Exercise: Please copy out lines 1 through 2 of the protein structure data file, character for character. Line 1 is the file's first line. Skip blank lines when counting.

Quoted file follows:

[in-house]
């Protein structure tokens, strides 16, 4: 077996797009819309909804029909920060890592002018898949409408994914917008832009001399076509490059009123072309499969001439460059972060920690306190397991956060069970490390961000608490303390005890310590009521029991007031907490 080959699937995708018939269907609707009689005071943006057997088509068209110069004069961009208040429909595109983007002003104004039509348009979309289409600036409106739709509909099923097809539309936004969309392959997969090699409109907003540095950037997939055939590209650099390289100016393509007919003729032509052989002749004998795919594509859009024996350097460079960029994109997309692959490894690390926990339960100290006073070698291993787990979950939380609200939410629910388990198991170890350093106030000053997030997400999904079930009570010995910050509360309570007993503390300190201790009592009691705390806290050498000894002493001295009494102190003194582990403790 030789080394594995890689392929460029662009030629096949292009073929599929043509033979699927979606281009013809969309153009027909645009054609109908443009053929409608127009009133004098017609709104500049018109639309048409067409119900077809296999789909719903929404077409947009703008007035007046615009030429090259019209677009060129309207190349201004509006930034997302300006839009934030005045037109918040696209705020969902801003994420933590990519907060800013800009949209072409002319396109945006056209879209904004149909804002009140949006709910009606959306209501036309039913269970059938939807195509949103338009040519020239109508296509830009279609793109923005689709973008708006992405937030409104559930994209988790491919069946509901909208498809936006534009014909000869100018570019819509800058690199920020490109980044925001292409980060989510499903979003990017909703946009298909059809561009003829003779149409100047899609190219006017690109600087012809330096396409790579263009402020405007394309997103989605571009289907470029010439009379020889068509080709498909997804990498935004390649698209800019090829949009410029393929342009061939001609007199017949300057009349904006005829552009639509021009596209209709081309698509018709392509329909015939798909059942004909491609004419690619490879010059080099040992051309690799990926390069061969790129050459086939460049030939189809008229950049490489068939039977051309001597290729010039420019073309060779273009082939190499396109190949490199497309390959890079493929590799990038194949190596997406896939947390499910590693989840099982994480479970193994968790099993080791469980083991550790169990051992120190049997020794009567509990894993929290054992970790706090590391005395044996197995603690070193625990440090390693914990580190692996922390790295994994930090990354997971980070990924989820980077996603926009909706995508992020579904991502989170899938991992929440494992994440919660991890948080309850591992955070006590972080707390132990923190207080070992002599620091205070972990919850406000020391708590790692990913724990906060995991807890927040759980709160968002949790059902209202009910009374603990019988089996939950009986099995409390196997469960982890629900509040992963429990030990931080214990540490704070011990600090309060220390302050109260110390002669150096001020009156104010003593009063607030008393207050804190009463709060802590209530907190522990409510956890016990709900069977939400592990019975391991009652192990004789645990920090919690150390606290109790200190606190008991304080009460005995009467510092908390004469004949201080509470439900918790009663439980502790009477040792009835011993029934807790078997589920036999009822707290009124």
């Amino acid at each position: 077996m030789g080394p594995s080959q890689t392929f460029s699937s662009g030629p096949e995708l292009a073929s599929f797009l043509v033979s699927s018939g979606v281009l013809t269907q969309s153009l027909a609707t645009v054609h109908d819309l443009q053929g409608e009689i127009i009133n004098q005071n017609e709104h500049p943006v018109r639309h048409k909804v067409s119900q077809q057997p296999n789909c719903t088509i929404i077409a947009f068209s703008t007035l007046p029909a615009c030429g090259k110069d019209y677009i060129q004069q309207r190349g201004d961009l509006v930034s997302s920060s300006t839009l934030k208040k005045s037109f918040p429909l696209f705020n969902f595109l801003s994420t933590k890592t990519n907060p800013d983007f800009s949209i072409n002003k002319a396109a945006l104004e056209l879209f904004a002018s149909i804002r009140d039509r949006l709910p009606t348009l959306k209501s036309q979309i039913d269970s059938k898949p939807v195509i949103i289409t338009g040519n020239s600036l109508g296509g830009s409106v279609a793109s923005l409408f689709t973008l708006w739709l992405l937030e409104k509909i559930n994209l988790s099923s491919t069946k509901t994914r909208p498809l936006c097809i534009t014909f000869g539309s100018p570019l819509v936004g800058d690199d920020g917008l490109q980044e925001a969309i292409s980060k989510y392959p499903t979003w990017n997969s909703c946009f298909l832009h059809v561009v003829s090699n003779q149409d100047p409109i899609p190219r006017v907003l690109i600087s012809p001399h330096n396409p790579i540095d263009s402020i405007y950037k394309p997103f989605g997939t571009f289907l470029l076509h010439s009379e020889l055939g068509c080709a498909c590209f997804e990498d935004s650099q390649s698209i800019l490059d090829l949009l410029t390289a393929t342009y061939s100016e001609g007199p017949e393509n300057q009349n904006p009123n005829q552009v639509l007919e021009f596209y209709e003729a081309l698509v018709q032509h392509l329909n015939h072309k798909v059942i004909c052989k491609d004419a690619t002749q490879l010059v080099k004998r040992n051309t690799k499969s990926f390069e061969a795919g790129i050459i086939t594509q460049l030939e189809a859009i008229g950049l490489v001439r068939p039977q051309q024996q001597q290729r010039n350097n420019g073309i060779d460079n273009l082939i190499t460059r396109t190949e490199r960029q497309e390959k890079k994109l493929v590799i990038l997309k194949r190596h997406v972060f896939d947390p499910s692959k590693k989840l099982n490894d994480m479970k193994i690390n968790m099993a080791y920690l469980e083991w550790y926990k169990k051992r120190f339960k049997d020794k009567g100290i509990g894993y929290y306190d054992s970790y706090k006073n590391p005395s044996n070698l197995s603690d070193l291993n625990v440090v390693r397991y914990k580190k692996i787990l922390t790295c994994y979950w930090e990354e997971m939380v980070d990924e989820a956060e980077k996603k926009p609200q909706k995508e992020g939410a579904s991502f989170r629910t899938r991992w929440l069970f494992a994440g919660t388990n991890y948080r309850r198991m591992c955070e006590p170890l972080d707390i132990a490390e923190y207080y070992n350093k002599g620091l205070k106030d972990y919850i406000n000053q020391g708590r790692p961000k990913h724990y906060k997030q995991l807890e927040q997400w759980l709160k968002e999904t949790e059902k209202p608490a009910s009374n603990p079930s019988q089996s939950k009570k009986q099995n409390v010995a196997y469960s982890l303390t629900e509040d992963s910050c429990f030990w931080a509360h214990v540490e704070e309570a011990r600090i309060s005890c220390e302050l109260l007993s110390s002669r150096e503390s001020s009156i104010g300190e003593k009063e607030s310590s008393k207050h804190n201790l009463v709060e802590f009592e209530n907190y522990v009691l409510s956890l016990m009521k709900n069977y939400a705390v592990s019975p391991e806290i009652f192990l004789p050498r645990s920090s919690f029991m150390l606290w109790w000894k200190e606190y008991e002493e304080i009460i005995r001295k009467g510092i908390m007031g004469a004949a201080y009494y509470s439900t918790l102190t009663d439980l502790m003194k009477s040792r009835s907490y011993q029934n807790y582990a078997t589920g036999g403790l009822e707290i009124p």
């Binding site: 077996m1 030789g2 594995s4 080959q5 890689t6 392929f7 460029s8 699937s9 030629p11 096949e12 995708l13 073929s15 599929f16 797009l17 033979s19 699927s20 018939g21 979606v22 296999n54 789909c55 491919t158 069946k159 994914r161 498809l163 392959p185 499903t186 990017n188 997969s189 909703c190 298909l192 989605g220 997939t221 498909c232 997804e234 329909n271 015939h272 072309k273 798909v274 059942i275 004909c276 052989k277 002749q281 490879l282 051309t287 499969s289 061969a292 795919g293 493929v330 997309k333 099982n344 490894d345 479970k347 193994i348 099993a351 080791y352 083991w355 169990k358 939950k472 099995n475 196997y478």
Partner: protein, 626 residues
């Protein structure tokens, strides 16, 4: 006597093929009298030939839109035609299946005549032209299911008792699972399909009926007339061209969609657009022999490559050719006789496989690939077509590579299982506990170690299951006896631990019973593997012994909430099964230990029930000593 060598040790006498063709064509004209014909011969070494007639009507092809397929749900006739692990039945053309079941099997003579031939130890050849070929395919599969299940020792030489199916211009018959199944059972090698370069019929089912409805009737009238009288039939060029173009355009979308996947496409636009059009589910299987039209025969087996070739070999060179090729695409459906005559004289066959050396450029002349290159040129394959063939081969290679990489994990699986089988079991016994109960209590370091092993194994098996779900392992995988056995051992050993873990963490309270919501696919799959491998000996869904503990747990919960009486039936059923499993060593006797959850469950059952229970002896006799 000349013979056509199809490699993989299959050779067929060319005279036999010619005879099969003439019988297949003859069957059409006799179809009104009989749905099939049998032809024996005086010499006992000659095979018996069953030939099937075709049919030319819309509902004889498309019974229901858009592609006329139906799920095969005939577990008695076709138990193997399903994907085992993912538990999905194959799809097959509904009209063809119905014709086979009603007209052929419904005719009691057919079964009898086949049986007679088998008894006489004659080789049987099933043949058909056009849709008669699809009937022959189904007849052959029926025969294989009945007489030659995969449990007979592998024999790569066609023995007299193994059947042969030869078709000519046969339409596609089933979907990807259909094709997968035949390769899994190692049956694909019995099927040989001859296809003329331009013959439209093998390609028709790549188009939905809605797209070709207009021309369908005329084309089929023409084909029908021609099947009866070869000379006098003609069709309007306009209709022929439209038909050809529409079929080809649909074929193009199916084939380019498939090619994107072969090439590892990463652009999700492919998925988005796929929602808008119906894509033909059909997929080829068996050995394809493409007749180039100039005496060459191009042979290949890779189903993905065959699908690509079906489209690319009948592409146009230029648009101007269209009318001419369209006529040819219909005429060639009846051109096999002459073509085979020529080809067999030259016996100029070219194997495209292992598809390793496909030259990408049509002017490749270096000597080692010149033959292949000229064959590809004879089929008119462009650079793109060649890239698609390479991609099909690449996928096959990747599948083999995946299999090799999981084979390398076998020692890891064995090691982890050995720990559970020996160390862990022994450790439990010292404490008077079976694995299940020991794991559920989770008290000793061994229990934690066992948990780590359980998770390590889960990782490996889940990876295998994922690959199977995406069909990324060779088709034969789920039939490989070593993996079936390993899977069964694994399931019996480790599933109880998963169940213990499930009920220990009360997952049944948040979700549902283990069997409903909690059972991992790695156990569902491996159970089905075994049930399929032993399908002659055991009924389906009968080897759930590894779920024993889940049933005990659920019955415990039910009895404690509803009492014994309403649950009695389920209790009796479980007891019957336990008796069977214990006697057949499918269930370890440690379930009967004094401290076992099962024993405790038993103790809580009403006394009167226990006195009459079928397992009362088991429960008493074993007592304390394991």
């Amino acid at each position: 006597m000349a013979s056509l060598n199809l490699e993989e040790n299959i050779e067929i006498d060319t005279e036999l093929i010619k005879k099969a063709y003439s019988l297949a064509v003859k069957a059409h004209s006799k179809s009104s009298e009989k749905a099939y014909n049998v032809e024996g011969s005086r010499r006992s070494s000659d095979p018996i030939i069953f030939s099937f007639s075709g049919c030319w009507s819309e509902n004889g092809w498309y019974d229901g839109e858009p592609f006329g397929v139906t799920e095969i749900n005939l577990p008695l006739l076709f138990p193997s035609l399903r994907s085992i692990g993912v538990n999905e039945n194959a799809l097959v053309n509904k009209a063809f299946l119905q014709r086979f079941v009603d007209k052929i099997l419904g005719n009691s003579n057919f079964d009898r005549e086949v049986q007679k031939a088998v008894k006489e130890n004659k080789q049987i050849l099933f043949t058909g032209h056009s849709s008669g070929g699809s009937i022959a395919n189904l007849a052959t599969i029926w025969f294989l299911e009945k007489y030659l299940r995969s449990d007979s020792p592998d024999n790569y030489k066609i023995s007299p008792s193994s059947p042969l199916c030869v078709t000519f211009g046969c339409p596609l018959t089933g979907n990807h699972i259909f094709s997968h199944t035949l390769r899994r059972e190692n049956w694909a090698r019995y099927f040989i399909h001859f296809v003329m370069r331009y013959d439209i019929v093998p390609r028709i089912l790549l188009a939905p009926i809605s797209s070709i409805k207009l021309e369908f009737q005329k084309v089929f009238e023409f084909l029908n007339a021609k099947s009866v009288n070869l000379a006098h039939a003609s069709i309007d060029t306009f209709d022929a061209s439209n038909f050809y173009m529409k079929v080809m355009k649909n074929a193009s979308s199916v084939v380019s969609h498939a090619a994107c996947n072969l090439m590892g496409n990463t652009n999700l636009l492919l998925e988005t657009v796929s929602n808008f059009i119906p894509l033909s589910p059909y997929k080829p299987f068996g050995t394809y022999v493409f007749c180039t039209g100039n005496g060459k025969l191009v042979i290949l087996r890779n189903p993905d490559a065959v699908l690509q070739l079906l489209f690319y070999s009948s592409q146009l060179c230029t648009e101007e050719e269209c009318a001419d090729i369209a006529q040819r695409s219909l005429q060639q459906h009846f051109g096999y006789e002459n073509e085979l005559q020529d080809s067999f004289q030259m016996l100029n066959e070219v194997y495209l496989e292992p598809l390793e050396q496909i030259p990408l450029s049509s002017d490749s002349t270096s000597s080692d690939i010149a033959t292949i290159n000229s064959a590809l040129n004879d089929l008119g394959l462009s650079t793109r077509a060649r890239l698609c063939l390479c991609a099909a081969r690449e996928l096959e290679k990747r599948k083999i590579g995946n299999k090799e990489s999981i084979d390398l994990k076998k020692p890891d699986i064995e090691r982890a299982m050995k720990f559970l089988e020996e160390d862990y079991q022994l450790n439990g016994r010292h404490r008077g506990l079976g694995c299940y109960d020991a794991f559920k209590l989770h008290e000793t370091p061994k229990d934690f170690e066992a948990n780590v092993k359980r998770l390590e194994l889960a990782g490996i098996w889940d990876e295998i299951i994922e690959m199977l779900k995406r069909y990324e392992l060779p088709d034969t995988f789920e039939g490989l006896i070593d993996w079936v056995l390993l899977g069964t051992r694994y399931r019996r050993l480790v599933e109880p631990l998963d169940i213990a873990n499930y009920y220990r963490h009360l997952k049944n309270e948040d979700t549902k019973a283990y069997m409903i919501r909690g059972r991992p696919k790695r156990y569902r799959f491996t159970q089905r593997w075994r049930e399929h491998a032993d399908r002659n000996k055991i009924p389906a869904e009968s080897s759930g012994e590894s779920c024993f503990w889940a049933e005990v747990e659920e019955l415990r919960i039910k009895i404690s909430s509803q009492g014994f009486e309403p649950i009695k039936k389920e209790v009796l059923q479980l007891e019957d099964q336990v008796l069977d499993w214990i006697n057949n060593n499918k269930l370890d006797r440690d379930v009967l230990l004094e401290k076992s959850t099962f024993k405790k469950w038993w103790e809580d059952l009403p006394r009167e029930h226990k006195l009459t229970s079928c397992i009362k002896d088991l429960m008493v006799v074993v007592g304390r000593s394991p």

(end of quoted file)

[in-house]
């Protein structure tokens, strides 16, 4: 077996797009819309909804029909920060890592002018898949409408994914917008832009001399076509490059009123072309499969001439460059972060920690306190397991956060069970490390961000608490303390005890310590009521029991007031907490 080959699937995708018939269907609707009689005071943006057997088509068209110069004069961009208040429909595109983007002003104004039509348009979309289409600036409106739709509909099923097809539309936004969309392959997969090699409109907003540095950037997939055939590209650099390289100016393509007919003729032509052989002749004998795919594509859009024996350097460079960029994109997309692959490894690390926990339960100290006073070698291993787990979950939380609200939410629910388990198991170890350093106030000053997030997400999904079930009570010995910050509360309570007993503390300190201790009592009691705390806290050498000894002493001295009494102190003194582990403790 030789080394594995890689392929460029662009030629096949292009073929599929043509033979699927979606281009013809969309153009027909645009054609109908443009053929409608127009009133004098017609709104500049018109639309048409067409119900077809296999789909719903929404077409947009703008007035007046615009030429090259019209677009060129309207190349201004509006930034997302300006839009934030005045037109918040696209705020969902801003994420933590990519907060800013800009949209072409002319396109945006056209879209904004149909804002009140949006709910009606959306209501036309039913269970059938939807195509949103338009040519020239109508296509830009279609793109923005689709973008708006992405937030409104559930994209988790491919069946509901909208498809936006534009014909000869100018570019819509800058690199920020490109980044925001292409980060989510499903979003990017909703946009298909059809561009003829003779149409100047899609190219006017690109600087012809330096396409790579263009402020405007394309997103989605571009289907470029010439009379020889068509080709498909997804990498935004390649698209800019090829949009410029393929342009061939001609007199017949300057009349904006005829552009639509021009596209209709081309698509018709392509329909015939798909059942004909491609004419690619490879010059080099040992051309690799990926390069061969790129050459086939460049030939189809008229950049490489068939039977051309001597290729010039420019073309060779273009082939190499396109190949490199497309390959890079493929590799990038194949190596997406896939947390499910590693989840099982994480479970193994968790099993080791469980083991550790169990051992120190049997020794009567509990894993929290054992970790706090590391005395044996197995603690070193625990440090390693914990580190692996922390790295994994930090990354997971980070990924989820980077996603926009909706995508992020579904991502989170899938991992929440494992994440919660991890948080309850591992955070006590972080707390132990923190207080070992002599620091205070972990919850406000020391708590790692990913724990906060995991807890927040759980709160968002949790059902209202009910009374603990019988089996939950009986099995409390196997469960982890629900509040992963429990030990931080214990540490704070011990600090309060220390302050109260110390002669150096001020009156104010003593009063607030008393207050804190009463709060802590209530907190522990409510956890016990709900069977939400592990019975391991009652192990004789645990920090919690150390606290109790200190606190008991304080009460005995009467510092908390004469004949201080509470439900918790009663439980502790009477040792009835011993029934807790078997589920036999009822707290009124």